Papal resignation sets right precedent for future
Posted February 13, 2013 at 9:39 pm in Opinion
German-born, 85-year-old Pope Benedict XVI will be the first pope to voluntarily resign since Pope Celestine V in 1294 and the first to leave the papal office while still alive since Pope Gregory XII. Elected April 19, 2005, Benedict announced his resignation on Monday, and it will take effect on Feb. 28 ‚ÄĒ after almost eight years as pope.
Considered the leader of nearly 1.2 billion souls and named number five on Forbes‚Äô Most Powerful People list, the pope is obviously an important man and his resignation is obviously a noteworthy event. Throughout history, very few popes have resigned, setting the tradition of a pope‚Äôs reign to be from election until death.
In 2010, Benedict wrote that he would resign if he felt himself not able to ‚Äúphysically, psychologically and spiritually‚ÄĚ run the church.
‚ÄúStrength of mind and body are necessary, strength which in the last few months has deteriorated in me to the extent that I have had to recognize my incapacity to adequately fulfill the ministry entrusted to me,‚ÄĚ he said in his statement.
The pontiff‚Äôs main reason for departure is ill health, but it is quite possible that the reason could be connected to the scandals that developed during his term. German Chancellor Angela Merkel said the pope‚Äôs decision should be respected in ‚Äúan age where life expectancy is longer than ever, and many people will understand that even the pope has to come to terms with the burdens of ageing.‚ÄĚ
Counting back to the year 1295, Pope Benedict XVI is on record as the fifth-oldest Pope at age of election at the age of 78 years and 3 days.
Nonetheless, his resignation will hopefully bring the election of a younger pontiff who can hopefully foster the needed growth in church attendance, as well as usher in better public relations for the Church.
And though the Church‚Äôs main concern should be growing said attendance, the scandals of the pope‚Äôs term likely got in the way. The Roman Catholic Church had a terrible year in 2009 because of missteps in speeches, poor international relations, declining public image and criticism for undoing some reforms that had modernized the church. A Roman Catholic Church insider then described his 4-year-old papacy as ‚Äúa disaster . . . He‚Äôs out of touch with the real world. On the condom issue, for example, there are priests . . . in Africa who accept that condoms are a key part of the fight against AIDS, and yet the pope adheres to this very conservative line that they encourage promiscuity. The Vatican is far removed from the reality on the ground.‚ÄĚ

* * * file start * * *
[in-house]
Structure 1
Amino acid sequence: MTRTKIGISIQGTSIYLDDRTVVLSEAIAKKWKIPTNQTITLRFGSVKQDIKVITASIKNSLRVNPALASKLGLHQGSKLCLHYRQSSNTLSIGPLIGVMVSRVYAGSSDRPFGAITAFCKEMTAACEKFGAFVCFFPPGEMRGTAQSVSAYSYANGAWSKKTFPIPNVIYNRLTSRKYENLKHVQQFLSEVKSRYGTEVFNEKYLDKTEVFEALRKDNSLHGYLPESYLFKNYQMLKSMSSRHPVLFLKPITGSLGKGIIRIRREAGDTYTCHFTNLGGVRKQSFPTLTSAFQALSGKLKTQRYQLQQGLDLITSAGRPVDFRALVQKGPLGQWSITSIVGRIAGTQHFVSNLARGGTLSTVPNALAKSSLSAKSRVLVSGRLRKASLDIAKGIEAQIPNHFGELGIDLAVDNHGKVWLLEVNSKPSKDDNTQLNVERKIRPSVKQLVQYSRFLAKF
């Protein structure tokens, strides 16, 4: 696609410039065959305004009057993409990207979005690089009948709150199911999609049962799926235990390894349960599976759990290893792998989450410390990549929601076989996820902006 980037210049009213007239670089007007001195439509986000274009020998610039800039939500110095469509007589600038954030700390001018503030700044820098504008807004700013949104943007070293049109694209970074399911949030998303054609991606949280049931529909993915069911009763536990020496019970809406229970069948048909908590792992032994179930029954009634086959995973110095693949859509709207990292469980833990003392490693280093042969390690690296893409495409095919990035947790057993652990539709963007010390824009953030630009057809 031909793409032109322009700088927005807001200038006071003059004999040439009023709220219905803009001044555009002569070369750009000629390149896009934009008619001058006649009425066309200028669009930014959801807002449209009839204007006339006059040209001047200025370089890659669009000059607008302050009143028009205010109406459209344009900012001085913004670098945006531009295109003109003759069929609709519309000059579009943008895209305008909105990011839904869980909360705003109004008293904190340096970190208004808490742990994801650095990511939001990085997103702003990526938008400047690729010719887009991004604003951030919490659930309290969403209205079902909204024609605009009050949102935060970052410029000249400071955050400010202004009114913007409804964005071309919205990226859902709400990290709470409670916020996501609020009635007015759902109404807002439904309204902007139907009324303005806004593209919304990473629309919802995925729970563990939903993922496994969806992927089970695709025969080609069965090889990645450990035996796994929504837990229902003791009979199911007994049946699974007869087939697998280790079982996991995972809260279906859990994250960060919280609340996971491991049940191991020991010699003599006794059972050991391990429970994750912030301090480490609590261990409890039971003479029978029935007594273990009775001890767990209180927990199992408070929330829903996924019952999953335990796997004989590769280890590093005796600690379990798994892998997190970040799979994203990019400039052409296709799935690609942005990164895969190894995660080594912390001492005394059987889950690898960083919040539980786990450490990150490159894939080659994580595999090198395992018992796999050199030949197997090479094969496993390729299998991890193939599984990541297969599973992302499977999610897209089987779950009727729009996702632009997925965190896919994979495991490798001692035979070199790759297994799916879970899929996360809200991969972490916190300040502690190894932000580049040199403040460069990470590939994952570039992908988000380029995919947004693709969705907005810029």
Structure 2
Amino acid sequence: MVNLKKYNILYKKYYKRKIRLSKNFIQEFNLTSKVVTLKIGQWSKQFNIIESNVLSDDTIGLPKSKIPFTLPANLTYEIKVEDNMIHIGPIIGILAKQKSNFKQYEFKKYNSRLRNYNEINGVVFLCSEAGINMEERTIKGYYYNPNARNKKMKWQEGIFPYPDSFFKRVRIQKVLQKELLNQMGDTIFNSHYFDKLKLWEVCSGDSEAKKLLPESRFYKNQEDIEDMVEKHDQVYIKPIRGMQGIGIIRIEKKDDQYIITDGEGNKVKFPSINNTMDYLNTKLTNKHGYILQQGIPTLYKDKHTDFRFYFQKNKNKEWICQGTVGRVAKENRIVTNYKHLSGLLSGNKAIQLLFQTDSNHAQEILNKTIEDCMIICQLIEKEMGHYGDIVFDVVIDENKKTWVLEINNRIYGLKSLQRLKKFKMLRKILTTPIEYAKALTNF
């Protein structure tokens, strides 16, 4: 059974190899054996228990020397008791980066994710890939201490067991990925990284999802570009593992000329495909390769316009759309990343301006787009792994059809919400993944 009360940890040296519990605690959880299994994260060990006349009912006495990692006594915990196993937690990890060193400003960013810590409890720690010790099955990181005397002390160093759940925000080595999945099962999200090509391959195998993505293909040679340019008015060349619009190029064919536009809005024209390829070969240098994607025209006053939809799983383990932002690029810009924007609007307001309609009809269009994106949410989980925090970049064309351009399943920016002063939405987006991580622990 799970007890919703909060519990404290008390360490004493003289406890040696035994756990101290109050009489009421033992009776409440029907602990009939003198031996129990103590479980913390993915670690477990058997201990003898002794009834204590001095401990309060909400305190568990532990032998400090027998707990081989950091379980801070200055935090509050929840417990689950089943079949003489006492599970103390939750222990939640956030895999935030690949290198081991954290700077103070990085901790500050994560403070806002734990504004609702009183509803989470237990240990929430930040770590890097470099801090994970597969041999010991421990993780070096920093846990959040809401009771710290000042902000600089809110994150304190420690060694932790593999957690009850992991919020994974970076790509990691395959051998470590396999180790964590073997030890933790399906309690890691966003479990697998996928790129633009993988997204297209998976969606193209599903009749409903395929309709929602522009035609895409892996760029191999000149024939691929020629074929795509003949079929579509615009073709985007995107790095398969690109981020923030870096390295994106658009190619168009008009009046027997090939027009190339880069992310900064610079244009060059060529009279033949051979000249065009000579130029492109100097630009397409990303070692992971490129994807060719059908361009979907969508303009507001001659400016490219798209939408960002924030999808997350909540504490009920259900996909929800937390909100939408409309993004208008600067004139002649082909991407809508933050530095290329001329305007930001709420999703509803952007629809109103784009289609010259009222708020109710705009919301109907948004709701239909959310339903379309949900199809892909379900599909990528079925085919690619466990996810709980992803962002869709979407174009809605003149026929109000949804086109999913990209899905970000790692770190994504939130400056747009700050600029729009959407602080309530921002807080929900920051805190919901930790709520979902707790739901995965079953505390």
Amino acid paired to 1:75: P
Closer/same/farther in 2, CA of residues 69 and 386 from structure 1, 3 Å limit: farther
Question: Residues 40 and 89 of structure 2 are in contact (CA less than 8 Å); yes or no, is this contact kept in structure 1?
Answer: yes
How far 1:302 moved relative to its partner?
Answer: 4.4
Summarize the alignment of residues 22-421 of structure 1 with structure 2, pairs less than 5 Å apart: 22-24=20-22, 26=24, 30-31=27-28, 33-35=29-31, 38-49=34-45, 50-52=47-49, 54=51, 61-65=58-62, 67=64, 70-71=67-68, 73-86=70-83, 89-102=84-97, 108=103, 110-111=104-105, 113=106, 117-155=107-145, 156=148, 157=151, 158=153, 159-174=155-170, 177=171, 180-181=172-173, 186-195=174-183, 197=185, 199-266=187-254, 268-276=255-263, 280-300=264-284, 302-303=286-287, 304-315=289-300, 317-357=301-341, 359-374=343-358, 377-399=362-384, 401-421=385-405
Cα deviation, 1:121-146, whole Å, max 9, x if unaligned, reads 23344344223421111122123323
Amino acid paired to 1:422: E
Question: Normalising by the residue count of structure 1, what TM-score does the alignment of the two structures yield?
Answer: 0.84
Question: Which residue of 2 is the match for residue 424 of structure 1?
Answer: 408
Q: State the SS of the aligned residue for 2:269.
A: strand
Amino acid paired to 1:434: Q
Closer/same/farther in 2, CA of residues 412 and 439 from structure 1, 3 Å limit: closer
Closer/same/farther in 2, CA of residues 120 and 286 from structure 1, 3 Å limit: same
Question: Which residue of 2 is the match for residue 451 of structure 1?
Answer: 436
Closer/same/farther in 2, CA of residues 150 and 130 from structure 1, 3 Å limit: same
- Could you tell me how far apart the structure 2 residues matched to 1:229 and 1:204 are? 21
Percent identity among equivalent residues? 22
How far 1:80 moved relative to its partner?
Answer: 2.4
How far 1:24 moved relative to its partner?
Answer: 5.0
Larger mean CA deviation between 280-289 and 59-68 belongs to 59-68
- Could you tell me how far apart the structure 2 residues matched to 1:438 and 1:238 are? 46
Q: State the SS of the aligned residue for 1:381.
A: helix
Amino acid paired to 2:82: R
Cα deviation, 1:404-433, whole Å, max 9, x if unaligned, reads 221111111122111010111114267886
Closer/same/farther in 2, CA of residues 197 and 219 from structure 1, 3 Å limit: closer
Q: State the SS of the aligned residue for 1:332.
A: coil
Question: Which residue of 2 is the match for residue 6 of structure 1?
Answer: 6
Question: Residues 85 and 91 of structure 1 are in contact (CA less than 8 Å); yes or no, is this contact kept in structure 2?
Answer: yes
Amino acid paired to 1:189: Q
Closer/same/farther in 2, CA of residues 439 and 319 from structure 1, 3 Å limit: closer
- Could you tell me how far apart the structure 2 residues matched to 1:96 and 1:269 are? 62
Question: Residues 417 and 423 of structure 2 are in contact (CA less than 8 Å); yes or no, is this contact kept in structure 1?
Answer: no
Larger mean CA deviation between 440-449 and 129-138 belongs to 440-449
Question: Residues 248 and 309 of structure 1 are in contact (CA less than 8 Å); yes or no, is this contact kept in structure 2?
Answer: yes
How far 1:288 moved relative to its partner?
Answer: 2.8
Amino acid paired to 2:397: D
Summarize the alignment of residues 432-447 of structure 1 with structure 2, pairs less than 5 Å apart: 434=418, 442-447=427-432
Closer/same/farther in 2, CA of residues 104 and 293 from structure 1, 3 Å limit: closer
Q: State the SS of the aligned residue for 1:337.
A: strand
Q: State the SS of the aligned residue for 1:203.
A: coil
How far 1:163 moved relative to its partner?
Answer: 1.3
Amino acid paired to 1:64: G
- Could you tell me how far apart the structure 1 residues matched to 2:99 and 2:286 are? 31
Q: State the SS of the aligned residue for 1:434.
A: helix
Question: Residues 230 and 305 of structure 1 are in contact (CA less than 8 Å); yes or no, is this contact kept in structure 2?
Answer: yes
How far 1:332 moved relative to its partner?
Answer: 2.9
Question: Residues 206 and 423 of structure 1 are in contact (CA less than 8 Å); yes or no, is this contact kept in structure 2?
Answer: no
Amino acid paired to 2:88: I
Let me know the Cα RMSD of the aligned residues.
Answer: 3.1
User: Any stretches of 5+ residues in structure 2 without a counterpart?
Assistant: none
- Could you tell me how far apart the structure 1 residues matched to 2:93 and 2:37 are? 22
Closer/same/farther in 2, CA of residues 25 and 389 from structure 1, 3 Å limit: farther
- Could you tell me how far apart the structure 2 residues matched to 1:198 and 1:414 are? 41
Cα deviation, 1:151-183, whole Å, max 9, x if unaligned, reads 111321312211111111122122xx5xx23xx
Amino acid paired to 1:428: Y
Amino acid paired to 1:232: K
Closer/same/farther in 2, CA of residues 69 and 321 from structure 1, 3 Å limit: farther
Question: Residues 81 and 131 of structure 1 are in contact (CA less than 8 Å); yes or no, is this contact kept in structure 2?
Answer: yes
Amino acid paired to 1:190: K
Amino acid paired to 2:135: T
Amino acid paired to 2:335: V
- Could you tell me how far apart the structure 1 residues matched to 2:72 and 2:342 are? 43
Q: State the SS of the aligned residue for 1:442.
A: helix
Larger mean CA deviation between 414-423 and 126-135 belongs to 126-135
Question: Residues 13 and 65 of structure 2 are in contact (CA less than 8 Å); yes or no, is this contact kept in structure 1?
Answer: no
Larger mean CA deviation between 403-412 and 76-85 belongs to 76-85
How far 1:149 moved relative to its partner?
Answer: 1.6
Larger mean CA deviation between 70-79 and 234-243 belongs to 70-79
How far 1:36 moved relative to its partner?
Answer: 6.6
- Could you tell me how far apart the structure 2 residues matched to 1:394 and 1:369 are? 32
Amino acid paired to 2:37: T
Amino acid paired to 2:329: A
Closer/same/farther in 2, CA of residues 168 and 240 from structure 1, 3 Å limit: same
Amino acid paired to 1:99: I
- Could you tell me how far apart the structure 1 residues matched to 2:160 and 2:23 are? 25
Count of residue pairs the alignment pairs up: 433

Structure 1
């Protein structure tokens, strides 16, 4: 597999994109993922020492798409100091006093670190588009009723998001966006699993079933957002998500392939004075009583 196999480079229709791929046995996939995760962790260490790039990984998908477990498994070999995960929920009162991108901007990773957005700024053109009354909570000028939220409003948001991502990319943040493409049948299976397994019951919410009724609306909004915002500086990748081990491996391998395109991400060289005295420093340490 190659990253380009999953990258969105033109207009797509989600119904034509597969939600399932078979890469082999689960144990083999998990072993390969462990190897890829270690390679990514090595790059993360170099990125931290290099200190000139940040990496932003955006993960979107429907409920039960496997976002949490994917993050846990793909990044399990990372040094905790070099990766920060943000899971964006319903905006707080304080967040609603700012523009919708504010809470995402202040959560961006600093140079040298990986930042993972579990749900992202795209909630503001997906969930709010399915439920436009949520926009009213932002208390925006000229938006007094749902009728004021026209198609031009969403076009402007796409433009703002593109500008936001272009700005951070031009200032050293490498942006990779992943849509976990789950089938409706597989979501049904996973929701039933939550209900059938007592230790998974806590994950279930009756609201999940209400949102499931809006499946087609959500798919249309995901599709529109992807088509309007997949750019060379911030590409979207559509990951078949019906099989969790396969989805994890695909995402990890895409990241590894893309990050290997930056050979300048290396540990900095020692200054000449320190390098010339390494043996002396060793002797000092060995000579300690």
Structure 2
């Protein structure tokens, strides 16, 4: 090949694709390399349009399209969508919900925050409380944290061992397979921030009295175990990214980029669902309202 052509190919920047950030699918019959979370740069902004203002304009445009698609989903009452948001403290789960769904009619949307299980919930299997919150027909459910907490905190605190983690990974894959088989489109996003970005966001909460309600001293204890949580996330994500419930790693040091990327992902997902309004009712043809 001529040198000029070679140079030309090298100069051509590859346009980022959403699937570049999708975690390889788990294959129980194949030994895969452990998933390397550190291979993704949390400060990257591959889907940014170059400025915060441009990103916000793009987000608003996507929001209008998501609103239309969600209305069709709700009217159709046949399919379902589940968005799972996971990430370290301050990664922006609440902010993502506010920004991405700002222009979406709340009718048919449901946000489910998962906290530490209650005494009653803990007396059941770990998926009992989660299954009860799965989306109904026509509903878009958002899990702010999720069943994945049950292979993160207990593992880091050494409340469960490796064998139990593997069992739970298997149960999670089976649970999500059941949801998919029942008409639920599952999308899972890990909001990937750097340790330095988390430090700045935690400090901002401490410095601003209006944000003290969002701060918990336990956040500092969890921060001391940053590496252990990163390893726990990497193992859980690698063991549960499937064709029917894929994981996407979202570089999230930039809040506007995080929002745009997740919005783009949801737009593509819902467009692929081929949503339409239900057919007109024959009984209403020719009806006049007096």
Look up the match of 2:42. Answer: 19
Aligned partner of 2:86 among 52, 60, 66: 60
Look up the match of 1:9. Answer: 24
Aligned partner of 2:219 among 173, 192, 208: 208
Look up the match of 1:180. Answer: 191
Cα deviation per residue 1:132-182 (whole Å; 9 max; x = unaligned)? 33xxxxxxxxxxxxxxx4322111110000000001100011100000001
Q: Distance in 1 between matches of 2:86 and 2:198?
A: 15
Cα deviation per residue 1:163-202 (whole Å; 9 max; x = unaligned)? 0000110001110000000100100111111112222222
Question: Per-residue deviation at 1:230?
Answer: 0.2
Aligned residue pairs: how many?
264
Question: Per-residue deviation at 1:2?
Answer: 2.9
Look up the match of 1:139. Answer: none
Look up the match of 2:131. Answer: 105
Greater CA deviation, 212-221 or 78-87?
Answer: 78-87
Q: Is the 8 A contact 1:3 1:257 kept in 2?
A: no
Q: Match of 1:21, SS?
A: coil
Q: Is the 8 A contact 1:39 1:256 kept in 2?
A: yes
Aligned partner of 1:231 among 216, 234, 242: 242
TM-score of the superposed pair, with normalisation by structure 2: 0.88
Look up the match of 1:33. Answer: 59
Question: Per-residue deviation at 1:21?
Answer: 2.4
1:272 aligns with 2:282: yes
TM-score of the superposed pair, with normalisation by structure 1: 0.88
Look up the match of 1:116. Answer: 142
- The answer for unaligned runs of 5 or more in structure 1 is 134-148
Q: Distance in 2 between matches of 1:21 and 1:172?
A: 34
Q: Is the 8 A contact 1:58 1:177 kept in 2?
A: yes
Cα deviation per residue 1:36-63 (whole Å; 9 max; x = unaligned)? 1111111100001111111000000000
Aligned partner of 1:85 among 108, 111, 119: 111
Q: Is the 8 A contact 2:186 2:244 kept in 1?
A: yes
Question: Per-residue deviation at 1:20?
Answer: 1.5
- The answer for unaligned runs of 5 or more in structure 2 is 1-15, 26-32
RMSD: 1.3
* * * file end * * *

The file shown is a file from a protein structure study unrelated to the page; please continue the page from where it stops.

Though it is said one gets wiser with age, it seems as if age has hindered the pope‚Äôs ability to make decisions in this rapidly changing world. It seems as if a new sex abuse scandal rocks the Church too often. And though the pope attempted to handle it to the best of his ability, stronger action is necessary. In 2010, Pope Benedict XVI released a statement saying that abusive priests had ‚Äúdisfigured their ministry‚ÄĚ and brought ‚Äúprofound shame and regret on the church.‚ÄĚ And though he issued new rules aimed at stopping abuse, it is imperative to note the Roman Catholic Church‚Äôs historical tendecy to cover up scandals instead of dealing with them.
The pope‚Äôs decision might even set a beneficial precedent, one in which future popes are encouraged to resign when their health deteriorates, thus ending the 600-year-old tradition of serving until death.
Benedict set up a YouTube channel, Twitter account and Facebook app, and he saw the environmental improvement of the Vatican City, but the church must continue to adapt to technological and societal changes. The Vatileaks scandal ‚ÄĒ the pontiff‚Äôs butler leaking documents alleging corruption in the Church‚Äôs business dealings ‚ÄĒ caused international furor. Yet, this shows that the world of media will not wait for the Vatican to slowly release information and the papacy must stay ahead of the curve in communication.
In one attempt to adapt to the times, the Pope made cleaning up the Vatican‚Äôs reputation for getting shady money one of his priorities, beefing up the city-state‚Äôs laws and hiring a top Swiss financial fighter to raise standards to international levels. But this still needs work and his resignation could leave this effort in limbo.
The pope‚Äôs resignation illustrates his maturity and willingness to take responsibility, allowing a more vivacious cardinal take the reins from here on out. One can only hope that the next pope will attempt to modernize the church and work with modernity ‚ÄĒ not fight it.
Kevin Cheberenchick, is a sophomore majoring in economics and mathmatics.